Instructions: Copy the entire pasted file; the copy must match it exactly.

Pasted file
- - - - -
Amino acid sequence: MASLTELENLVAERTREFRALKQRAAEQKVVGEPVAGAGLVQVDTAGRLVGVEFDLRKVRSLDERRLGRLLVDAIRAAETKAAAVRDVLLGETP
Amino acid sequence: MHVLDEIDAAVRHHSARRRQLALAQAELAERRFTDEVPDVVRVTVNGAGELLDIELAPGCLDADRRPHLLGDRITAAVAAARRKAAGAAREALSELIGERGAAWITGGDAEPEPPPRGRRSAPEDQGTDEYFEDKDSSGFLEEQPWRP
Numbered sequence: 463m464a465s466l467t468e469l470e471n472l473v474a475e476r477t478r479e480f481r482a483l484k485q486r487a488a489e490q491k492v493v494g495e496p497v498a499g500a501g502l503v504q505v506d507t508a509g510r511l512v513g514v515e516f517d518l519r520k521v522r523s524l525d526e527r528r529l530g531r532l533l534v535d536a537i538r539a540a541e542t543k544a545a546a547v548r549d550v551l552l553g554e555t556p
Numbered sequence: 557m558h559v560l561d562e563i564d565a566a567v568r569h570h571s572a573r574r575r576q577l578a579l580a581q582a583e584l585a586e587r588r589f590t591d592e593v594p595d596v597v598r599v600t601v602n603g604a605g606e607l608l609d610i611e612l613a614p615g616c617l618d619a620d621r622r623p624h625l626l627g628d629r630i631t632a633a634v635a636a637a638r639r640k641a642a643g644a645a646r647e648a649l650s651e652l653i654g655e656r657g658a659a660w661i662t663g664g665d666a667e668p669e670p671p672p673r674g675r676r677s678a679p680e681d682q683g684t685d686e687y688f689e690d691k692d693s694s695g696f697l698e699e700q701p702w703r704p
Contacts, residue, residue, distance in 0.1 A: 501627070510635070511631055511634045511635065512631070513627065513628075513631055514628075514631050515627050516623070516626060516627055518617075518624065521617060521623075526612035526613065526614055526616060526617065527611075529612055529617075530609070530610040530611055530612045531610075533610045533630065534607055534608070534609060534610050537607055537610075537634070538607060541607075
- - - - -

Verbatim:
Amino acid sequence: MASLTELENLVAERTREFRALKQRAAEQKVVGEPVAGAGLVQVDTAGRLVGVEFDLRKVRSLDERRLGRLLVDAIRAAETKAAAVRDVLLGETP
Amino acid sequence: MHVLDEIDAAVRHHSARRRQLALAQAELAERRFTDEVPDVVRVTVNGAGELLDIELAPGCLDADRRPHLLGDRITAAVAAARRKAAGAAREALSELIGERGAAWITGGDAEPEPPPRGRRSAPEDQGTDEYFEDKDSSGFLEEQPWRP
Numbered sequence: 463m464a465s466l467t468e469l470e471n472l473v474a475e476r477t478r479e480f481r482a483l484k485q486r487a488a489e490q491k492v493v494g495e496p497v498a499g500a501g502l503v504q505v506d507t508a509g510r511l512v513g514v515e516f517d518l519r520k521v522r523s524l525d526e527r528r529l530g531r532l533l534v535d536a537i538r539a540a541e542t543k544a545a546a547v548r549d550v551l552l553g554e555t556p
Numbered sequence: 557m558h559v560l561d562e563i564d565a566a567v568r569h570h571s572a573r574r575r576q577l578a579l580a581q582a583e584l585a586e587r588r589f590t591d592e593v594p595d596v597v598r599v600t601v602n603g604a605g606e607l608l609d610i611e612l613a614p615g616c617l618d619a620d621r622r623p624h625l626l627g628d629r630i631t632a633a634v635a636a637a638r639r640k641a642a643g644a645a646r647e648a649l650s651e652l653i654g655e656r657g658a659a660w661i662t663g664g665d666a667e668p669e670p671p672p673r674g675r676r677s678a679p680e681d682q683g684t685d686e687y688f689e690d691k692d693s694s695g696f697l698e699e700q701p702w703r704p
Contacts, residue, residue, distance in 0.1 A: 501627070510635070511631055511634045511635065512631070513627065513628075513631055514628075514631050515627050516623070516626060516627055518617075518624065521617060521623075526612035526613065526614055526616060526617065527611075529612055529617075530609070530610040530611055530612045531610075533610045533630065534607055534608070534609060534610050537607055537610075537634070538607060541607075